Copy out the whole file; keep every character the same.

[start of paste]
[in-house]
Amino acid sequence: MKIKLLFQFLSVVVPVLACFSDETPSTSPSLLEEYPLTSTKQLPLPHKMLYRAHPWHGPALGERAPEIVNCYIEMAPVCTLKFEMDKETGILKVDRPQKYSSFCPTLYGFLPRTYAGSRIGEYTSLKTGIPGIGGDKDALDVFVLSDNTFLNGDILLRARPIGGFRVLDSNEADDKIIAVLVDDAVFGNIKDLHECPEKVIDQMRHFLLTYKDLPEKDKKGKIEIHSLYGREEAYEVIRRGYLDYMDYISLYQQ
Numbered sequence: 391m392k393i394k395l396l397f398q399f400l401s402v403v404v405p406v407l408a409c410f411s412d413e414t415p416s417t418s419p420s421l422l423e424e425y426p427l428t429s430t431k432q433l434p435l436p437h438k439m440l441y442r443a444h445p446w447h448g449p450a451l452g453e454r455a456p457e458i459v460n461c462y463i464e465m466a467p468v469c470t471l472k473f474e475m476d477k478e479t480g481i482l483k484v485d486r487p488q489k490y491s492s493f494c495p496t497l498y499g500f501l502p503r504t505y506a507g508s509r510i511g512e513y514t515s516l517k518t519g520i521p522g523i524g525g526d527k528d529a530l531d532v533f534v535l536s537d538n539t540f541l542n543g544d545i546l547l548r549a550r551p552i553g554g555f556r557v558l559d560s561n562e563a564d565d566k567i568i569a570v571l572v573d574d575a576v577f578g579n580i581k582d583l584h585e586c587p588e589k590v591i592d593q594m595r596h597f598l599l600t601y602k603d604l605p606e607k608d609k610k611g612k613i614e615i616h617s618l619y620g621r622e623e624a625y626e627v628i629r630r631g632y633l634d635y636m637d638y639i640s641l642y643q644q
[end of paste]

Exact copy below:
[in-house]
Amino acid sequence: MKIKLLFQFLSVVVPVLACFSDETPSTSPSLLEEYPLTSTKQLPLPHKMLYRAHPWHGPALGERAPEIVNCYIEMAPVCTLKFEMDKETGILKVDRPQKYSSFCPTLYGFLPRTYAGSRIGEYTSLKTGIPGIGGDKDALDVFVLSDNTFLNGDILLRARPIGGFRVLDSNEADDKIIAVLVDDAVFGNIKDLHECPEKVIDQMRHFLLTYKDLPEKDKKGKIEIHSLYGREEAYEVIRRGYLDYMDYISLYQQ
Numbered sequence: 391m392k393i394k395l396l397f398q399f400l401s402v403v404v405p406v407l408a409c410f411s412d413e414t415p416s417t418s419p420s421l422l423e424e425y426p427l428t429s430t431k432q433l434p435l436p437h438k439m440l441y442r443a444h445p446w447h448g449p450a451l452g453e454r455a456p457e458i459v460n461c462y463i464e465m466a467p468v469c470t471l472k473f474e475m476d477k478e479t480g481i482l483k484v485d486r487p488q489k490y491s492s493f494c495p496t497l498y499g500f501l502p503r504t505y506a507g508s509r510i511g512e513y514t515s516l517k518t519g520i521p522g523i524g525g526d527k528d529a530l531d532v533f534v535l536s537d538n539t540f541l542n543g544d545i546l547l548r549a550r551p552i553g554g555f556r557v558l559d560s561n562e563a564d565d566k567i568i569a570v571l572v573d574d575a576v577f578g579n580i581k582d583l584h585e586c587p588e589k590v591i592d593q594m595r596h597f598l599l600t601y602k603d604l605p606e607k608d609k610k611g612k613i614e615i616h617s618l619y620g621r622e623e624a625y626e627v628i629r630r631g632y633l634d635y636m637d638y639i640s641l642y643q644q